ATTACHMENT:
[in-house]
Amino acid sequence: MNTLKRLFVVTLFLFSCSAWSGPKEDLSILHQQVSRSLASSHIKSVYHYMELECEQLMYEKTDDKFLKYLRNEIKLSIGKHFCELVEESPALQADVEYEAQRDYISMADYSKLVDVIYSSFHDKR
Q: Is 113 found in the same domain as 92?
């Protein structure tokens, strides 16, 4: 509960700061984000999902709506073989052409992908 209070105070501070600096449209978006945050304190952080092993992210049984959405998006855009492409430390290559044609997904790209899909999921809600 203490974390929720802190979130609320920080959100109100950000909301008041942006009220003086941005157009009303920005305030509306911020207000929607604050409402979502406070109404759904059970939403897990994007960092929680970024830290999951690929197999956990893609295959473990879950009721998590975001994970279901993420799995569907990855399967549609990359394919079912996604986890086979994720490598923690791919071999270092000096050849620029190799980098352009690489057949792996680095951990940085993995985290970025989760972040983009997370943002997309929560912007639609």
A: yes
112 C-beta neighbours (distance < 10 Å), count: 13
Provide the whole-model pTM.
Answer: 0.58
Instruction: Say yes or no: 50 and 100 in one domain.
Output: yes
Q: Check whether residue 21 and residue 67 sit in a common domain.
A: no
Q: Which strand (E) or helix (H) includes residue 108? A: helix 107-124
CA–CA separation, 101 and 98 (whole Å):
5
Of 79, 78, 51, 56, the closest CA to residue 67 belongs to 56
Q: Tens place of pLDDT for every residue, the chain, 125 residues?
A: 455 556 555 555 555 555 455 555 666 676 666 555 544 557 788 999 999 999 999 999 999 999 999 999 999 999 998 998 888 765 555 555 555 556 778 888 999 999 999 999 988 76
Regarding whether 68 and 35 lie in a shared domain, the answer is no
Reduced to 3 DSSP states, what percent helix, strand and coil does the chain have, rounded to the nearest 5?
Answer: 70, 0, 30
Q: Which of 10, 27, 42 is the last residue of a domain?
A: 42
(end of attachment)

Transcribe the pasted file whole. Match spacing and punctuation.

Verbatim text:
[in-house]
Amino acid sequence: MNTLKRLFVVTLFLFSCSAWSGPKEDLSILHQQVSRSLASSHIKSVYHYMELECEQLMYEKTDDKFLKYLRNEIKLSIGKHFCELVEESPALQADVEYEAQRDYISMADYSKLVDVIYSSFHDKR
Q: Is 113 found in the same domain as 92?
């Protein structure tokens, strides 16, 4: 509960700061984000999902709506073989052409992908 209070105070501070600096449209978006945050304190952080092993992210049984959405998006855009492409430390290559044609997904790209899909999921809600 203490974390929720802190979130609320920080959100109100950000909301008041942006009220003086941005157009009303920005305030509306911020207000929607604050409402979502406070109404759904059970939403897990994007960092929680970024830290999951690929197999956990893609295959473990879950009721998590975001994970279901993420799995569907990855399967549609990359394919079912996604986890086979994720490598923690791919071999270092000096050849620029190799980098352009690489057949792996680095951990940085993995985290970025989760972040983009997370943002997309929560912007639609």
A: yes
112 C-beta neighbours (distance < 10 Å), count: 13
Provide the whole-model pTM.
Answer: 0.58
Instruction: Say yes or no: 50 and 100 in one domain.
Output: yes
Q: Check whether residue 21 and residue 67 sit in a common domain.
A: no
Q: Which strand (E) or helix (H) includes residue 108? A: helix 107-124
CA–CA separation, 101 and 98 (whole Å):
5
Of 79, 78, 51, 56, the closest CA to residue 67 belongs to 56
Q: Tens place of pLDDT for every residue, the chain, 125 residues?
A: 455 556 555 555 555 555 455 555 666 676 666 555 544 557 788 999 999 999 999 999 999 999 999 999 999 999 998 998 888 765 555 555 555 556 778 888 999 999 999 999 988 76
Regarding whether 68 and 35 lie in a shared domain, the answer is no
Reduced to 3 DSSP states, what percent helix, strand and coil does the chain have, rounded to the nearest 5?
Answer: 70, 0, 30
Q: Which of 10, 27, 42 is the last residue of a domain?
A: 42